I had all twelve stove burners on and both ovens full. I didn’t have time for pain. And the heat? I wasn’t even thinking about the heat, even though it was a late-summer evening, cooped up in a windowless, stainless-steel dungeon, reaching into a 450-degree oven every five minutes. At 10 p.m., when the rush calmed down, I showed a server my burns. His jaw hit the floor.
“A grease splash? You look like you pinned your whole arm to the grill!”
I still have the scars as I write this.
So yes, please keep telling me that cooking is a “woman’s job,” or that a man who can cook is displaying “feminine” qualities. Please keep telling me that my place is the kitchen, because it is. But if you’re going to use it as an insult or some sort of way to assert dominance as a man, I dare you to find the busiest restaurant in your city on a day when the line is out the door, peek into the kitchen, and watch. You might not even see a woman, and if you do, you better believe she’s tough as nails.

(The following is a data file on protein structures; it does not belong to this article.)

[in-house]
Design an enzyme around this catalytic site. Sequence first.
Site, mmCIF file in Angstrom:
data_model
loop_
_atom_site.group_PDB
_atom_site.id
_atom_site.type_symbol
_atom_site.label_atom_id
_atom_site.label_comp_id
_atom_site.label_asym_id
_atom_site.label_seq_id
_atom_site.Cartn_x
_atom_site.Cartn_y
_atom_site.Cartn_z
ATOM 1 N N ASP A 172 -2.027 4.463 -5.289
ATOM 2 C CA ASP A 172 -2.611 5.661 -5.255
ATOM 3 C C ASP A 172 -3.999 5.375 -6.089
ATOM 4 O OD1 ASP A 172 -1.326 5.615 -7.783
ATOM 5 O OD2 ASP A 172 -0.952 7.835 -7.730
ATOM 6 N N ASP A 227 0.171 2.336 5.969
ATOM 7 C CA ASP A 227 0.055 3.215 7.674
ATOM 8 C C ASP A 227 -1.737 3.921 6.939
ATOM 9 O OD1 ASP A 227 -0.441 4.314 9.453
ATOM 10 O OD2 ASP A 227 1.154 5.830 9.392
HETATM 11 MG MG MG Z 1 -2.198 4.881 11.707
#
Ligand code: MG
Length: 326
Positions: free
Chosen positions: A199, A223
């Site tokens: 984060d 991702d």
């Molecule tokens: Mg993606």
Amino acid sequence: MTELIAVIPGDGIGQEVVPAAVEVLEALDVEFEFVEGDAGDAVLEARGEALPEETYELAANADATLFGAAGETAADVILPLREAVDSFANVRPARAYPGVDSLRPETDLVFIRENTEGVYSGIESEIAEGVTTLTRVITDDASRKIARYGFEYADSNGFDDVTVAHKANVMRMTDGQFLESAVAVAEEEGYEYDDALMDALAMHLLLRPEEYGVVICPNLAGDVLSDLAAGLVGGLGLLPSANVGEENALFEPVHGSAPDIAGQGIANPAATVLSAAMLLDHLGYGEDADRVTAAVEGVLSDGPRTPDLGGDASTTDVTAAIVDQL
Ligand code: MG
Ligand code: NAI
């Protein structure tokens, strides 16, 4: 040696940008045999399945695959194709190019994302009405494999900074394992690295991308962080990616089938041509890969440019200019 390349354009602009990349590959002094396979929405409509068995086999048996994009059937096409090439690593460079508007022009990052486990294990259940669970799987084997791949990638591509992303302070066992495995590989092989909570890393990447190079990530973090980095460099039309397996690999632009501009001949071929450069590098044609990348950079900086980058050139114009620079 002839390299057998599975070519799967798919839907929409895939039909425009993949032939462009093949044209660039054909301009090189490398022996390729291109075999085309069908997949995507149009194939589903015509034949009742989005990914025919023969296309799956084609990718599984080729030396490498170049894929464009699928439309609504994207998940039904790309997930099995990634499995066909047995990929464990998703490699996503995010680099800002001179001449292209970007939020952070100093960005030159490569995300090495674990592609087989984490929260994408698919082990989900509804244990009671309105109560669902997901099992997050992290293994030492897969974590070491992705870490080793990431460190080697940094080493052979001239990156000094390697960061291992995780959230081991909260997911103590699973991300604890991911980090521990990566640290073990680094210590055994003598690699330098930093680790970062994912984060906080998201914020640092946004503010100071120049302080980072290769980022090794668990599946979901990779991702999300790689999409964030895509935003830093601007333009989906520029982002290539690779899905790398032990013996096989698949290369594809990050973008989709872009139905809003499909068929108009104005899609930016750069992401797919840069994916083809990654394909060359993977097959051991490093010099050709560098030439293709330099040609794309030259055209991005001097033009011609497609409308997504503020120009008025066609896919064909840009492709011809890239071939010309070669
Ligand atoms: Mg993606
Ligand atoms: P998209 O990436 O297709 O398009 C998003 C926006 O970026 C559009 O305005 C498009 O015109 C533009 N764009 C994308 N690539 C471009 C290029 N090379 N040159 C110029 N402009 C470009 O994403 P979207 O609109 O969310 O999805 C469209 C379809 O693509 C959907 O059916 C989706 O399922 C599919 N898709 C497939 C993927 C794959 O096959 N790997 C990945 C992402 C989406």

Who is this lady and why is she writing a book?
My first promotion at any job ever was in a workplace of about thirty men and one woman (me). It was a job at a ski resort in Mountain Operations, or “Mountain Ops,” which meant physical labor, long hours, big machines, power tools, and lots of time on snow in all conditions. Overall, I learned so much from my time there, and I’m grateful for that experience and time in my life. I was twenty-one years old, had no leadership experience, was working seventy to eighty hours a week, and had to face a bully and two serious injuries, all within a few short months. I had to learn life skills “on the fly,” as they say in restaurants. At the end of that ski season, I knew I wanted to capture that experience in writing and recount everything I had learned in such a short time. I started writing that story but didn’t know what to do with it.